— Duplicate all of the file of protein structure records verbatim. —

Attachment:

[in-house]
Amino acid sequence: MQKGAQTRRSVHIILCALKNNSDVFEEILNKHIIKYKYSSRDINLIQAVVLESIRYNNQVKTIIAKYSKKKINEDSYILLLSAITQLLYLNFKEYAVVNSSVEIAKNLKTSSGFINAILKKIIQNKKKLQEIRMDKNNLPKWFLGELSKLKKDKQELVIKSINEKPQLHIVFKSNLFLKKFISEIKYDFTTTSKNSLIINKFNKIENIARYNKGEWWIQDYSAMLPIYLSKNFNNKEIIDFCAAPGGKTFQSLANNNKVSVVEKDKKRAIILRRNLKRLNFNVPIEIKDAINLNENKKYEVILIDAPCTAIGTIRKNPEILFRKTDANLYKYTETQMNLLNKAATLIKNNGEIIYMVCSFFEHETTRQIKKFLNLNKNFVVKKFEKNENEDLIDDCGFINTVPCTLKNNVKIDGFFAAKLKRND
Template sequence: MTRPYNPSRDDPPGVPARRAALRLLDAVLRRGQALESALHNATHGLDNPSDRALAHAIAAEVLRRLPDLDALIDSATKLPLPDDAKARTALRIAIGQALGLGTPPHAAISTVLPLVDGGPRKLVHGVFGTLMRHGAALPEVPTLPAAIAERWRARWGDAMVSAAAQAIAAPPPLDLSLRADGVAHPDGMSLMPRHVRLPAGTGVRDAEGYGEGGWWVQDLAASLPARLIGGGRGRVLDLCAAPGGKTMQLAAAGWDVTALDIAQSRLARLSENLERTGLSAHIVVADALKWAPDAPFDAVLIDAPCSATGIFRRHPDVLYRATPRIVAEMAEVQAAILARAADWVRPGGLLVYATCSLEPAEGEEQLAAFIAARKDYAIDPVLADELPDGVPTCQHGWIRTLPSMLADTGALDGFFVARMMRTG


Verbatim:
[in-house]
Amino acid sequence: MQKGAQTRRSVHIILCALKNNSDVFEEILNKHIIKYKYSSRDINLIQAVVLESIRYNNQVKTIIAKYSKKKINEDSYILLLSAITQLLYLNFKEYAVVNSSVEIAKNLKTSSGFINAILKKIIQNKKKLQEIRMDKNNLPKWFLGELSKLKKDKQELVIKSINEKPQLHIVFKSNLFLKKFISEIKYDFTTTSKNSLIINKFNKIENIARYNKGEWWIQDYSAMLPIYLSKNFNNKEIIDFCAAPGGKTFQSLANNNKVSVVEKDKKRAIILRRNLKRLNFNVPIEIKDAINLNENKKYEVILIDAPCTAIGTIRKNPEILFRKTDANLYKYTETQMNLLNKAATLIKNNGEIIYMVCSFFEHETTRQIKKFLNLNKNFVVKKFEKNENEDLIDDCGFINTVPCTLKNNVKIDGFFAAKLKRND
Template sequence: MTRPYNPSRDDPPGVPARRAALRLLDAVLRRGQALESALHNATHGLDNPSDRALAHAIAAEVLRRLPDLDALIDSATKLPLPDDAKARTALRIAIGQALGLGTPPHAAISTVLPLVDGGPRKLVHGVFGTLMRHGAALPEVPTLPAAIAERWRARWGDAMVSAAAQAIAAPPPLDLSLRADGVAHPDGMSLMPRHVRLPAGTGVRDAEGYGEGGWWVQDLAASLPARLIGGGRGRVLDLCAAPGGKTMQLAAAGWDVTALDIAQSRLARLSENLERTGLSAHIVVADALKWAPDAPFDAVLIDAPCSATGIFRRHPDVLYRATPRIVAEMAEVQAAILARAADWVRPGGLLVYATCSLEPAEGEEQLAAFIAARKDYAIDPVLADELPDGVPTCQHGWIRTLPSMLADTGALDGFFVARMMRTG